Call Dan and Kris Paape the accidental farmers: They purchased the Wisconsin land that would eventually become BeefnBeaks Farm in 1989 with the goal of raising their family in the country, and they rented the land out to a conventional farmer. They had their sights on a smaller plot, but it fell through at the last minute, which caused them to settle on the farmland option.
But in 2008, the couple watched Food Inc., the seminal agricultural documentary that shows how a highly mechanized handful of corporations run most of the nation’s food industry, and everything changed.
“We realized we were part of the problem, not part of the solution, and this made us do an immediate about-face,” Kris Paape says. “We slowly started buying old farm equipment and began implementing more sustainable farming practices.”
The couple has always kept laying hens, but after buying several Hereford cow/calf pairs, BeefnBeaks Farm was truly born. Dan fenced paddocks for the cattle and also built eggmobiles for the laying hens. They had been raising small batches of meat birds for themselves, but they started offering broilers to the public, as well.
“We felt that other people might like to eat chicken raised the way it should be: on pasture and in sunshine,” Kris says.
The Paapes now aim to continue broadening the farm’s offerings, including educational workshops, farm dinners and plant walks.
“We are hoping to add a winter chicken condo and a pig forest to the farm, too,” Kris says.
The condo will be an addition to the cow barn, which will make cleanup much easier in the winter months, and the pigs will help clean up a patch of forest in need of some attention.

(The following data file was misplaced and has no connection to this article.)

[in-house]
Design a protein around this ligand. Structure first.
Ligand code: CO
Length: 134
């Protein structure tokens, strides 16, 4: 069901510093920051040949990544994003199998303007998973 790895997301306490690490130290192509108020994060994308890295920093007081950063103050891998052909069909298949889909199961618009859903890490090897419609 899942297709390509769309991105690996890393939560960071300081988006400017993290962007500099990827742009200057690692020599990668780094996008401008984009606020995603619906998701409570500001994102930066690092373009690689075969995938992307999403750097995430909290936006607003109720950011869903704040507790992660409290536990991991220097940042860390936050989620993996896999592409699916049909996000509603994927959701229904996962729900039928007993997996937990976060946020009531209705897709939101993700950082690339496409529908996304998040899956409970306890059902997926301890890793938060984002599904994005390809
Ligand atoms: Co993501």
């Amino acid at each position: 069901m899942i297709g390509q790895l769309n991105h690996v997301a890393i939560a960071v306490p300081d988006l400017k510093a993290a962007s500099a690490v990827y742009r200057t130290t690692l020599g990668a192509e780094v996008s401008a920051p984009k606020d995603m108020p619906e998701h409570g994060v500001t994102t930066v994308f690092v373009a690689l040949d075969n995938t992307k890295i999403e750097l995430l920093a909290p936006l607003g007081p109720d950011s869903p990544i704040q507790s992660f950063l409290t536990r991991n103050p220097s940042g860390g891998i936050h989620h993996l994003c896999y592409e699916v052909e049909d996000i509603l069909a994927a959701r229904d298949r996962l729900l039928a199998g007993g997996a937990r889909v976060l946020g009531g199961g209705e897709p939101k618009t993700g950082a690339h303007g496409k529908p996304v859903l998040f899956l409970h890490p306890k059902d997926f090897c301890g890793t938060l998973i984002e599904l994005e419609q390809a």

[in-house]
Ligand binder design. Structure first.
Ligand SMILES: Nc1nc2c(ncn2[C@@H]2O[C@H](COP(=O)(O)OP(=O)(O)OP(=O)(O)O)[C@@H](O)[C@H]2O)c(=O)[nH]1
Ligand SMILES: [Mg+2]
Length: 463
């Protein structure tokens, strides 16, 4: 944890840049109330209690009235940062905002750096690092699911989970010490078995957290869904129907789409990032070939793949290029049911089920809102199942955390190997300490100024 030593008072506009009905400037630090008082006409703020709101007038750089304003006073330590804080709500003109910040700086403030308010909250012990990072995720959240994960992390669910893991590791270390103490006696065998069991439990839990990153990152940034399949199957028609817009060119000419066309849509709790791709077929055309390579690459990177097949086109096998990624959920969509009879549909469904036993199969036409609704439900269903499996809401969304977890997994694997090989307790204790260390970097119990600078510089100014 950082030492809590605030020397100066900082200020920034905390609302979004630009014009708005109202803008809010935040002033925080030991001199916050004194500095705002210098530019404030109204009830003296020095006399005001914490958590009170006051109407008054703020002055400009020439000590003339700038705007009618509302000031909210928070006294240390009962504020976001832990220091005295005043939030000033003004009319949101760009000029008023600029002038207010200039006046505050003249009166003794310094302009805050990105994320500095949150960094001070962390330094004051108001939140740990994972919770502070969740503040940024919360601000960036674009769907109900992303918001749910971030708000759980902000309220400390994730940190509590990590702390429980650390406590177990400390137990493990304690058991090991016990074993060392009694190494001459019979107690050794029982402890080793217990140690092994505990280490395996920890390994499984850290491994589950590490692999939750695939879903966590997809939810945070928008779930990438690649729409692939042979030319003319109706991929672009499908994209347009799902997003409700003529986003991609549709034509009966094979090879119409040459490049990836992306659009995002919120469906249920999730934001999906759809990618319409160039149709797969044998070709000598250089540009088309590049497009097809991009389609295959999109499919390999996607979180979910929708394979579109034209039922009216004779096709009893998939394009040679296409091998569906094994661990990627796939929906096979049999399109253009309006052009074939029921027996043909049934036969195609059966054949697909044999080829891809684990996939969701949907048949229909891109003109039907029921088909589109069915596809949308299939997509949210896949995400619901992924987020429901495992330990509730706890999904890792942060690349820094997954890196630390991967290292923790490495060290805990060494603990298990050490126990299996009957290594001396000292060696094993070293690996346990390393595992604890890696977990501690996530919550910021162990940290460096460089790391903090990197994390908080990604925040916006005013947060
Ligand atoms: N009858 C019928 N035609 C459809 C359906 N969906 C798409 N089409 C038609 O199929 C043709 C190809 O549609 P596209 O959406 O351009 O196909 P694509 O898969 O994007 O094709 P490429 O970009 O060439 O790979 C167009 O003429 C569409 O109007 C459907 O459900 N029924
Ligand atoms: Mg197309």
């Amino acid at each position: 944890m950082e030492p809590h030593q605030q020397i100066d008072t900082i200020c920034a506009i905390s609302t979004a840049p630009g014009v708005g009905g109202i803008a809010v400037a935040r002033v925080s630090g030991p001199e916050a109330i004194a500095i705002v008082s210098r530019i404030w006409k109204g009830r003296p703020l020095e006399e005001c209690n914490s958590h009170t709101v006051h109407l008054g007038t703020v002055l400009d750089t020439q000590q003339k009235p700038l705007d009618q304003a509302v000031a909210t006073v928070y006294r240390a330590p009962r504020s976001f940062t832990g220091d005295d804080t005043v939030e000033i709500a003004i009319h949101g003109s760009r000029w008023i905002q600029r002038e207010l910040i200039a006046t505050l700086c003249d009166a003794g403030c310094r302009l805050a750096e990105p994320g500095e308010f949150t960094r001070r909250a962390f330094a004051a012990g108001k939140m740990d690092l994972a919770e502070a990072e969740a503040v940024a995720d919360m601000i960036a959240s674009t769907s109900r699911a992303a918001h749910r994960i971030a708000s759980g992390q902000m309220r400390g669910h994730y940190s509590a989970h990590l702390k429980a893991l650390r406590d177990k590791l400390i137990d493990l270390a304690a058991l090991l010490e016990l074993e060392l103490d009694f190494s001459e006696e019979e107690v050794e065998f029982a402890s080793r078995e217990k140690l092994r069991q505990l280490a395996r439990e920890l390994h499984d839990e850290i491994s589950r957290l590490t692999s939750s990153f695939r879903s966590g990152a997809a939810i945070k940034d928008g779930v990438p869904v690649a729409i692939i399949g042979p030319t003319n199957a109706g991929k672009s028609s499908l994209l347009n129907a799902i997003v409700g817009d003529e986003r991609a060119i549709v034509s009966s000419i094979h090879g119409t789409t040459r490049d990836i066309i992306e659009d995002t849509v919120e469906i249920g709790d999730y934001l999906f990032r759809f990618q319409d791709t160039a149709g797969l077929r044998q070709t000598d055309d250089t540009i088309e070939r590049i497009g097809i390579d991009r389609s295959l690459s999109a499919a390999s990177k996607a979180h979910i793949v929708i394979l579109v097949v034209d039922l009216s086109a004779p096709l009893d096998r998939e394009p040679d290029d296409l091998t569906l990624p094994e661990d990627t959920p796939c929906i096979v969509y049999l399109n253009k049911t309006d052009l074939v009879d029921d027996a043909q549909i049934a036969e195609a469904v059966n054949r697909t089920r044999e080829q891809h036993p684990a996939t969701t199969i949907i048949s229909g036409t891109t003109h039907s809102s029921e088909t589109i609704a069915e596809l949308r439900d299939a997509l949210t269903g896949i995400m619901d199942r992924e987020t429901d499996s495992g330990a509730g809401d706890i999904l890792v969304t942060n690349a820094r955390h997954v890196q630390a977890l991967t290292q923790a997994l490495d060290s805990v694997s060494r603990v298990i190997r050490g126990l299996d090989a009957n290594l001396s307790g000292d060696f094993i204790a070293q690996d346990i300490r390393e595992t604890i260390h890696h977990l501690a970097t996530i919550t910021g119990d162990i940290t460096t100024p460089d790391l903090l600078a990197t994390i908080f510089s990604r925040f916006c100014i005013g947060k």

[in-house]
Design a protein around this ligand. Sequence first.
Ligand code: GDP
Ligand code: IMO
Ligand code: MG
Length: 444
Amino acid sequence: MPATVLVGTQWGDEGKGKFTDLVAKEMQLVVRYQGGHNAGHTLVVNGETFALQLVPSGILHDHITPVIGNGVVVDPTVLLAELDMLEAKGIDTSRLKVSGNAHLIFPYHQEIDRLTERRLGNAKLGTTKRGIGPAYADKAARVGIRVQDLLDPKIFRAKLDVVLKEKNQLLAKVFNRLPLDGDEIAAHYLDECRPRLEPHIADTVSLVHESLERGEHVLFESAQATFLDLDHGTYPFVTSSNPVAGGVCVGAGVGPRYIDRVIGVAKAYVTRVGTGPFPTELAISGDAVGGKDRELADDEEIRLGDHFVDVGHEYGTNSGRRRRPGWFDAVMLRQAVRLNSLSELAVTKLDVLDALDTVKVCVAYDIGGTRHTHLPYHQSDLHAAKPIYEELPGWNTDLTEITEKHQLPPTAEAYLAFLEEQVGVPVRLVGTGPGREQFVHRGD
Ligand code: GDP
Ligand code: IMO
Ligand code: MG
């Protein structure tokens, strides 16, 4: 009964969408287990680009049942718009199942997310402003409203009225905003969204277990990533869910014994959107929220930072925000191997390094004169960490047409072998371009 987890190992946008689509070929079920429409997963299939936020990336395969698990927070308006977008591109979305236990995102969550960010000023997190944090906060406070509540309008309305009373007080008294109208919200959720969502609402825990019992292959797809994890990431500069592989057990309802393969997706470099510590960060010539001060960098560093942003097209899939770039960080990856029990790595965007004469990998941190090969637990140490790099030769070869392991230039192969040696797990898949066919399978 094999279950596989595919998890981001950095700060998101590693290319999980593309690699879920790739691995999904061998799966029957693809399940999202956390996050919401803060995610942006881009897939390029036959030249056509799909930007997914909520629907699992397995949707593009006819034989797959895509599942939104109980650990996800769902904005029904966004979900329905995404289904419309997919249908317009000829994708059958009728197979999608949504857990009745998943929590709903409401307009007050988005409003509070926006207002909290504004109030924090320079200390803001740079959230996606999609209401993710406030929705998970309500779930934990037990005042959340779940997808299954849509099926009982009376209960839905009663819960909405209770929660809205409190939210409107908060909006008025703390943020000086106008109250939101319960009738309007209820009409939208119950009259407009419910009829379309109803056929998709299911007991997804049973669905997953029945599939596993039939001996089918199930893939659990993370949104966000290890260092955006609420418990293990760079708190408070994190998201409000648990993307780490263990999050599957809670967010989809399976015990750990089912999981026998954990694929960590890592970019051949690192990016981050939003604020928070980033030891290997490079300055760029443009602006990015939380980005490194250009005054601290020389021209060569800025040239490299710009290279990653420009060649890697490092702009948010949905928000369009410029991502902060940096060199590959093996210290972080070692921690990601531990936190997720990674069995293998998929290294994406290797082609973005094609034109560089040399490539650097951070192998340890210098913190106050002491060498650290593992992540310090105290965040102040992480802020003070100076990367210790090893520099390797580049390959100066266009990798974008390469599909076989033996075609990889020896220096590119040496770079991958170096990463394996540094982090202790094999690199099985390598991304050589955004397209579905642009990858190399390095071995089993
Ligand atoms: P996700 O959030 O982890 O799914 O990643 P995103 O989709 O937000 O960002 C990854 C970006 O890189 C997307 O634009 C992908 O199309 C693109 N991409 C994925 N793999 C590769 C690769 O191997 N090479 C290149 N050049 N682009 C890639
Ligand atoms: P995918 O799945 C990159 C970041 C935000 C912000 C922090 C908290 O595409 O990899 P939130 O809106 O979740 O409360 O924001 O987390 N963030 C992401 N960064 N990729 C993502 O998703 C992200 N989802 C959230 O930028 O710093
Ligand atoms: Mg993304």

“Our current cow barn with a lean-to houses our cows in the winter and serves as a screened-in porch in the summer for our broilers,” Kris says. “NPR plays on the radio 24/7 and helps keep the predators away.”
Farmers: Dan and Kris Paape
Location: Waterloo, Wisconsin
Specialties: Grassfed cattle, pastured poultry
Biggest Success: We love educating people about the way we farm and giving tours about the innovative way Dan has designed our farm, from our gravity-fed watering system for the paddocks and the walk-in freezer to his newest invention, the “Frankenbein,” a haybine-turned-planter that allows us to no-till seed a cover crop to help to heal the soil. I’m also a teacher and love to give farm camps for kids where they learn about the gardens and the animals, and get the chance to help cook farm-to-table meals, including pizzas, apple pies, pickles and egg salad. The average kid today is three generations away from the farm, so our goal is to bring them back to farming and nature: We call our campers sprouting chefs.
Biggest Challenge: Having the wherewithal to keep going and not give up. It’s not easy, but having all of this activity sure keeps you young and active.
Firsthand Advice: Take advantage of the unique characteristics of your farm. Ask for help when you need it. Be creative, and use social media. Expect to work hard, and if you’re truly committed to your beliefs and goals, you can do it. Being a producer of healthy food has many rewards.
— Kris Paape, as told to Cory Hershberger